Regarding Jaya Padmanabhan’s editorial on “race” (“It’s the Race Card, People,” India Currents, March 2016), I am Indian on my mother’s side, so for better and worse it doesn’t show in my name in our one-surname-only society.
Merle Oberon, the late movie star (Wuthering Heights, etc.), was also Indian on her mother’s side, but lived at a time when one had to hide our Indian heritage, else one would be subject to discrimination.
(I love Mahatma Gandhi’s response when he arrived in England and was asked what he thought of British civilization and he said, “That would be an excellent idea.”)
About “race” and the Oscars, it is a fact that blacks are well-represented statistically in movies, on TV, and in ads, whereas Hispanics, Indians, East Asians, etc., are very under-represented. It is WE who should speak up and insist on inclusion, and accurate inclusion. (When Jodie Foster was given an Indian husband in her film The Brave One, I believe he was made a Christian, which is not typical and gives movie-goers a false impression.)
Keep up the good work but avoid cross fanatics and don’t give in to incorrect ideas and terms about nationality and race. I am just as Caucasian as the next average person here and am very proud to be Indian, all of our major western languages began in India, and much culture besides (for instance, the word “ignite” comes from the fire god Agni).
Henry E. Collins, Los Angeles, CA
I am three-quarters Indian and read your editorial with interest.
First, I might encourage Indians—people from India or of Indian origin—to correct those who call Native Americans “Indians.” Columbus thought he’d landed in India. Had he thought he’d landed in China, most Americans would still be calling Native Americans “Chinese.” Or, ironically, red Chinese (as in red Indians, who are not red, but this culture likes to assign colors for easy, if inaccurate, reference).
Second, Indians are Caucasians. Yes, typically darker than European Americans, but/and still Caucasian. Color or shade is one thing, race is another. Feel free to educate average Americans, be they “white” or “black,” about the word Caucasian, which most don’t understand. Nor have most heard of the Indo-European family of languages, although they speak one (usually only one).
And using the word “Asian” to cover the by far biggest continent population-wise (also the biggest geographically) is lazy as well as inaccurate. It’s like always saying “European” and never saying French, German, Italian, etc. There are far more differences within Asia, culturally and racially, than there are in Europe. “Asian” reduces this complex continent which will, in time, be the world’s power center and ignores its fascinating and increasingly relevant differences and contributions.
Wilhelm Sanborn, Santa Monica, CA
In 1992, I got a call from a Human Resources representative because I had marked myself as Asian in one of the forms. I didn’t know any better at that time. My logic was that India is in Asia, therefore I’m an Asian (the choices on the form were very limited then, Caucasian, Hispanic, African American, Asian)
I remember the conversation vividly. He said that they were going to cross out Asian and mark me down as a Caucasian.
I was bewildered. I had never thought of myself as a Caucasian. Basically, I was informed that when you look at facial features and body type, Indians are closest to the Caucasian race.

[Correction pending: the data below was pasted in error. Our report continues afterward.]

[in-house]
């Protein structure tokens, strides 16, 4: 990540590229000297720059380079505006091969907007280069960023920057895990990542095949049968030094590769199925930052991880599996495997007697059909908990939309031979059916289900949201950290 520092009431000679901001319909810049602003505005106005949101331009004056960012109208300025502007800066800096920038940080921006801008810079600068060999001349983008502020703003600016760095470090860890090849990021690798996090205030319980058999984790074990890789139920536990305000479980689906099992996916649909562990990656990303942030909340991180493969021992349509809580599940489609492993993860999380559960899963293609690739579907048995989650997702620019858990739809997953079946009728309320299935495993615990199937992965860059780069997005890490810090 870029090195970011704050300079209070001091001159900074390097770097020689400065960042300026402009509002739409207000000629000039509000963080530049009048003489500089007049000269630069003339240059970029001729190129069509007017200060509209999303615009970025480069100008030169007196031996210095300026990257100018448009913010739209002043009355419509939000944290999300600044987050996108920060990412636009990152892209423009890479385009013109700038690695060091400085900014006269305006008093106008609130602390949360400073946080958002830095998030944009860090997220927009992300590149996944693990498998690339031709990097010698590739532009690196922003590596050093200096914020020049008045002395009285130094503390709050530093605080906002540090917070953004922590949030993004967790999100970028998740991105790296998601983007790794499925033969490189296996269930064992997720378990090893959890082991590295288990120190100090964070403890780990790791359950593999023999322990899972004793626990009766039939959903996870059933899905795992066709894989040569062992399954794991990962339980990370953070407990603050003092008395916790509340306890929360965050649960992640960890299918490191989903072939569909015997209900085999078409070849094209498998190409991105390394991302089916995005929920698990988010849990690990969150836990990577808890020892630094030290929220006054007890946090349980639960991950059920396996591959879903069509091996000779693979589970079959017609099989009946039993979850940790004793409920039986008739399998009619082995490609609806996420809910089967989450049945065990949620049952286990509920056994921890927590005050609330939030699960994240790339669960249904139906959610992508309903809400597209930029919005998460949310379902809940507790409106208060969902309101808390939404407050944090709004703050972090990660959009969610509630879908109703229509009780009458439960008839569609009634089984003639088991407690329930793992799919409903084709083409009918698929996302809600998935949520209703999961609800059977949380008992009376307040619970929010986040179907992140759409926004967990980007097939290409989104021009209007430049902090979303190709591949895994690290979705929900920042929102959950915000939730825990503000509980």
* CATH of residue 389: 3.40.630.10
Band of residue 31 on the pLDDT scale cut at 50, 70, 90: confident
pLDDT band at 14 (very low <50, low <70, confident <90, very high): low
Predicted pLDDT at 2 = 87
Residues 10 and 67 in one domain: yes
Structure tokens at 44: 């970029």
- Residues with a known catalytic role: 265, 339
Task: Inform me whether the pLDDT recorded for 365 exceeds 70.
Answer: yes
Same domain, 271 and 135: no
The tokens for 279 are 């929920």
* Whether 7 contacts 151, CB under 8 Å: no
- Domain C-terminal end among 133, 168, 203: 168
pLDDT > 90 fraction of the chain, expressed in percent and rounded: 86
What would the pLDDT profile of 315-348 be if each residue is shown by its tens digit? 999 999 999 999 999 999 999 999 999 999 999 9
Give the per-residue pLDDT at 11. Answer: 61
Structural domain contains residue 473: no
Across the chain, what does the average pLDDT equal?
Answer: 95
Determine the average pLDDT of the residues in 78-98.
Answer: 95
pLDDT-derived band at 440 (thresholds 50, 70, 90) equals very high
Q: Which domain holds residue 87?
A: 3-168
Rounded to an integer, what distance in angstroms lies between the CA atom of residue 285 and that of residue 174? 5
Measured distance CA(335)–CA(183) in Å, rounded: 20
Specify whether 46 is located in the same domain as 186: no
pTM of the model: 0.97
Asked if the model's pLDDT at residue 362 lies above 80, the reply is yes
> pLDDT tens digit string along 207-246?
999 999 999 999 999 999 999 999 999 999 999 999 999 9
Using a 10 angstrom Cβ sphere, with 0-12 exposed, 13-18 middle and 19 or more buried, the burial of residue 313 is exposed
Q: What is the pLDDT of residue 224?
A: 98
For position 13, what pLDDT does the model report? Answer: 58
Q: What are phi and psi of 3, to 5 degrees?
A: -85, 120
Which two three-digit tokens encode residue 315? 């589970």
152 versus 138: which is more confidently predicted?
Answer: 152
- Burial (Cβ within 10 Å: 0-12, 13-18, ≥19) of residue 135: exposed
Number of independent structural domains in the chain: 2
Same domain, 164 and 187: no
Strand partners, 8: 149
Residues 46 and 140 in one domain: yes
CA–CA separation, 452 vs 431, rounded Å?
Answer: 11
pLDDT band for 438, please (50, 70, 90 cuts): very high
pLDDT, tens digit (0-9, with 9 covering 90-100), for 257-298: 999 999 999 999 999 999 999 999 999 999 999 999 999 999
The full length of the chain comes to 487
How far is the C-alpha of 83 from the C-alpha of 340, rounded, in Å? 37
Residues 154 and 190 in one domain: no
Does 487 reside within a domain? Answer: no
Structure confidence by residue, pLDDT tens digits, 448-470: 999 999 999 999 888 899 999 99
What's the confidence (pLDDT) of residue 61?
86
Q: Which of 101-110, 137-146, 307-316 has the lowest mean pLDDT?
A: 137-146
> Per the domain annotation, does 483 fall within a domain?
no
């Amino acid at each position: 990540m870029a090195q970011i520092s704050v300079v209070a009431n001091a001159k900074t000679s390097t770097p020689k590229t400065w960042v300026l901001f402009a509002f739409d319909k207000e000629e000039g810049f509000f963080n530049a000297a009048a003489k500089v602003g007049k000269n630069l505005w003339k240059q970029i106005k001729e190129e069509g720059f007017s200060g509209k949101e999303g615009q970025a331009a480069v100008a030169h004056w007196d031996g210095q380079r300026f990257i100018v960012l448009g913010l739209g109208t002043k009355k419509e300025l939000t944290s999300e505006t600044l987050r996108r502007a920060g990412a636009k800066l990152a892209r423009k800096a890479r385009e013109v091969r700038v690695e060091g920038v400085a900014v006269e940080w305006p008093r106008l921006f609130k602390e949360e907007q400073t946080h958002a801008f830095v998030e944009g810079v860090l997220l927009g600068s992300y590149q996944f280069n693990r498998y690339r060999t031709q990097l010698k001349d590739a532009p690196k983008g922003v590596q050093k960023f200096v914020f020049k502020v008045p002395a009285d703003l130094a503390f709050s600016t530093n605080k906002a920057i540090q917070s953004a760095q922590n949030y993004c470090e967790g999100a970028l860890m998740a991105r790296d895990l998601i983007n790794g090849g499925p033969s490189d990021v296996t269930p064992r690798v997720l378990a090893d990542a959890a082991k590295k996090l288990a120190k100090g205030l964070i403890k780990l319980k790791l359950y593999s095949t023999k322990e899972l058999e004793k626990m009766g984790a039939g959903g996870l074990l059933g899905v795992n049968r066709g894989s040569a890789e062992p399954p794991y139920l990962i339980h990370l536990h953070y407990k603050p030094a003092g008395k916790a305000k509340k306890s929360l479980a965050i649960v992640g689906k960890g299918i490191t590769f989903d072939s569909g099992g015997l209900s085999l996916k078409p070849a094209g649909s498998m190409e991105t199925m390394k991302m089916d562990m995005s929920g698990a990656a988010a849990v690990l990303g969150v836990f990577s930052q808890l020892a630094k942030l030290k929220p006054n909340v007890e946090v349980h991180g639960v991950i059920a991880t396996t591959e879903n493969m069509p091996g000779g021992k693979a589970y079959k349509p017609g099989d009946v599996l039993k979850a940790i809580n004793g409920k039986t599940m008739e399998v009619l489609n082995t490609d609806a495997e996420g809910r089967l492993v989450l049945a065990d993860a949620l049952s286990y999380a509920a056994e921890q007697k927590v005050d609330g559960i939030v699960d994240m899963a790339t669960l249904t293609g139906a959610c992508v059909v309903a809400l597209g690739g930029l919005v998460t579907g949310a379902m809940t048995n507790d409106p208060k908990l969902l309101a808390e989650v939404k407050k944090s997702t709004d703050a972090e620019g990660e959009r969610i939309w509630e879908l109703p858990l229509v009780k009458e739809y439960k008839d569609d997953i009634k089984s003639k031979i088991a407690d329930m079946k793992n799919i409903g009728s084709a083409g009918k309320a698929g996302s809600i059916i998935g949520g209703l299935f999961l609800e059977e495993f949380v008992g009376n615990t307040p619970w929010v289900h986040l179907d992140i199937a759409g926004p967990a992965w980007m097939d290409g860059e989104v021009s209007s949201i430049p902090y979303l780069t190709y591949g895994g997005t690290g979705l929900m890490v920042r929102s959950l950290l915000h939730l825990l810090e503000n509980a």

If that is the case then Nikki Haley has a reason for identifying herself that way on the form (even though her motive might have been different). The forms have more options now and many times I have seen South Asian as an option.
Suchitra Bhandarkar, email
I am not sure that I agree with Jaya Padmanabhan entirely about it being confusing and hence OK to identify yourself as white (“It’s the Race Card, People,” India Currents, March 2016). Can you imagine the row it would have caused if she had said that she was Black, instead?
If you parse it carefully, the categories are supposed to represent ethnicity/race, but I do agree that the labels are very misleading when you say Black and White. Maybe it should be more like African descent or Caucasian etc.
Of course it is also interesting that many states do not require you to fill in that race category but South Carolina does! Maybe you should write an article along the lines of how archaic/misleading the choices are and use that to frame the larger racial argument.
Shyam Pillalamarri, email
Chuckles and Giggles
I loved the article by Usha Akella (“Pomegranates and Potatoes,” India Currents, February 2016). She perfectly describes the “pom” and “pot” (such apt abbreviations!).
The writer has a great imagination. The paragraph where the pom and pot are asking the mirror as to who stands taller is funny. I chuckled when the mirror said to the pot to take a good look at itself and lose some of its weight. It still brings a smile to my face as I write this.
And the way the author refers to God’s creations and how the potato was an afterthought was simply inspired!
She perfectly describes the pom: the peeling of which is a torture. And the pot, the poor pot, existing merely to gratify the belly. It isn’t torturous to eat, peel, cut, fry, or even microwave. It pleasurably satisfies the hunger of human beings.
An hour after reading, I was still thinking of the words and sentences Usha used so eloquently.
Meenakshi KP, San Diego, CA